MAYER: ...Kerry Washington. She's superhot, and she's also white-girl crazy. Kerry Washington would break your heart like a white girl. Just all of a sudden she'd be like, "Yeah, I sucked his dick. Whatever." And you'd be like, "What? We weren't talking about that." That's what "Heartbreak Warfare" is all about, when a girl uses jealousy as a tactic.
He's saying black girls don't do things like this. And isn't that what so many of us "respectable" black women want people to believe about us?
So now why are we playing crazy? Why are we acting like we don't each have (or didn't grow up with) some equivalent term or concept for "white girl crazy" in our idiolects?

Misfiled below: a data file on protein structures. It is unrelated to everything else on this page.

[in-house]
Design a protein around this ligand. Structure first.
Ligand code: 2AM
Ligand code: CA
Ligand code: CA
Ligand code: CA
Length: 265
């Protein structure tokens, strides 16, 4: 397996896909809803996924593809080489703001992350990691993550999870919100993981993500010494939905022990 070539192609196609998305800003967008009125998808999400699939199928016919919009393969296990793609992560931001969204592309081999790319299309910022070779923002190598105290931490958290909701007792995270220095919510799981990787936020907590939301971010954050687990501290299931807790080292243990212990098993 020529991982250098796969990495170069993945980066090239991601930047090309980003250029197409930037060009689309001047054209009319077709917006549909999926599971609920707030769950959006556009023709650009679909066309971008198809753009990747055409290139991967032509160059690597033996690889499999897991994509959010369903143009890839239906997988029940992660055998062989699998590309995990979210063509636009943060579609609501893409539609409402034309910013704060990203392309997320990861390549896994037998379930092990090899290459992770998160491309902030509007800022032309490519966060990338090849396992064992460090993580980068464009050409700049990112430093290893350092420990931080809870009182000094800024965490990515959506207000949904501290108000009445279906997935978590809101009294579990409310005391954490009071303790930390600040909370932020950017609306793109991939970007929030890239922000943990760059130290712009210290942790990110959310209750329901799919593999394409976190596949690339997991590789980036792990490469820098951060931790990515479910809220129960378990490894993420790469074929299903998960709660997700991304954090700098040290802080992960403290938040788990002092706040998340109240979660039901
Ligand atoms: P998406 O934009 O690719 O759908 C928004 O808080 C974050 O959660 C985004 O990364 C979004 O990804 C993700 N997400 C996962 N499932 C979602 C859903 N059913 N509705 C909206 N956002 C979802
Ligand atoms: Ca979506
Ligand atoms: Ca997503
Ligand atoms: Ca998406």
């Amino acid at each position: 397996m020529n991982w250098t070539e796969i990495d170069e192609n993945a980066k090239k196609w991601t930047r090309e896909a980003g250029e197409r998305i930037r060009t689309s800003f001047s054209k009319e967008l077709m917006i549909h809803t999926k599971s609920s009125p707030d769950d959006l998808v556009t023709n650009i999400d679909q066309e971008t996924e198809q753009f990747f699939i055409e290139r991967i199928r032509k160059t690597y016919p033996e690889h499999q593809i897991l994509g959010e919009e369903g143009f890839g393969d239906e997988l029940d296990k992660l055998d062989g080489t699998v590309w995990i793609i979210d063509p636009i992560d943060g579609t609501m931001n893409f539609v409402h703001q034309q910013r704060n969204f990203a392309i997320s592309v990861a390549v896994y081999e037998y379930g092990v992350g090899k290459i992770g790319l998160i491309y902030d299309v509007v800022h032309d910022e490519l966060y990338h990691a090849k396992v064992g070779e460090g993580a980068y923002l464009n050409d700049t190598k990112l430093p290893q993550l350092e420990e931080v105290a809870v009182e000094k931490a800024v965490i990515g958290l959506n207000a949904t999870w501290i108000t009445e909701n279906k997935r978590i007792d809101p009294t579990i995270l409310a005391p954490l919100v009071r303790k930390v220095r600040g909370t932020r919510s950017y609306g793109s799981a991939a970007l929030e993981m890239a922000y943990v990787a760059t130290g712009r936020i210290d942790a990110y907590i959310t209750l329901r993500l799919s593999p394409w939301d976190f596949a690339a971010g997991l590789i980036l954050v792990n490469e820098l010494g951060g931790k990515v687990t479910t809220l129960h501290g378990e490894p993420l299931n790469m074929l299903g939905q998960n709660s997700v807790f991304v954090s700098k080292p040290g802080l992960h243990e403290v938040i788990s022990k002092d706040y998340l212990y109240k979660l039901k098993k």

John Mayer is a medicore pop star. He appears to be addicted to fame. He's emotionally underdeveloped or the more apt term may be stunted. And he's just not as funny as he thinks he is. People may listen to him, but it is doubtful that they take him seriously. At least they shouldn't. And what he said in this interview really isn't that much more offensive than your typical Top 40 rap verse, if we're going to be honest here...
I think that what black need to do instead of blowing up at every stupid thing that some celebrity like John Mayer says or does that carries a racial connotation is devote our attention to dialogue that really matters and has some bearing on the reality of our lives and the actual state of our community.
This Playboy interview just ain't it.
And for the record, I haven't gone 'white girl crazy' writing this. I'm just trying to keep it readpop real...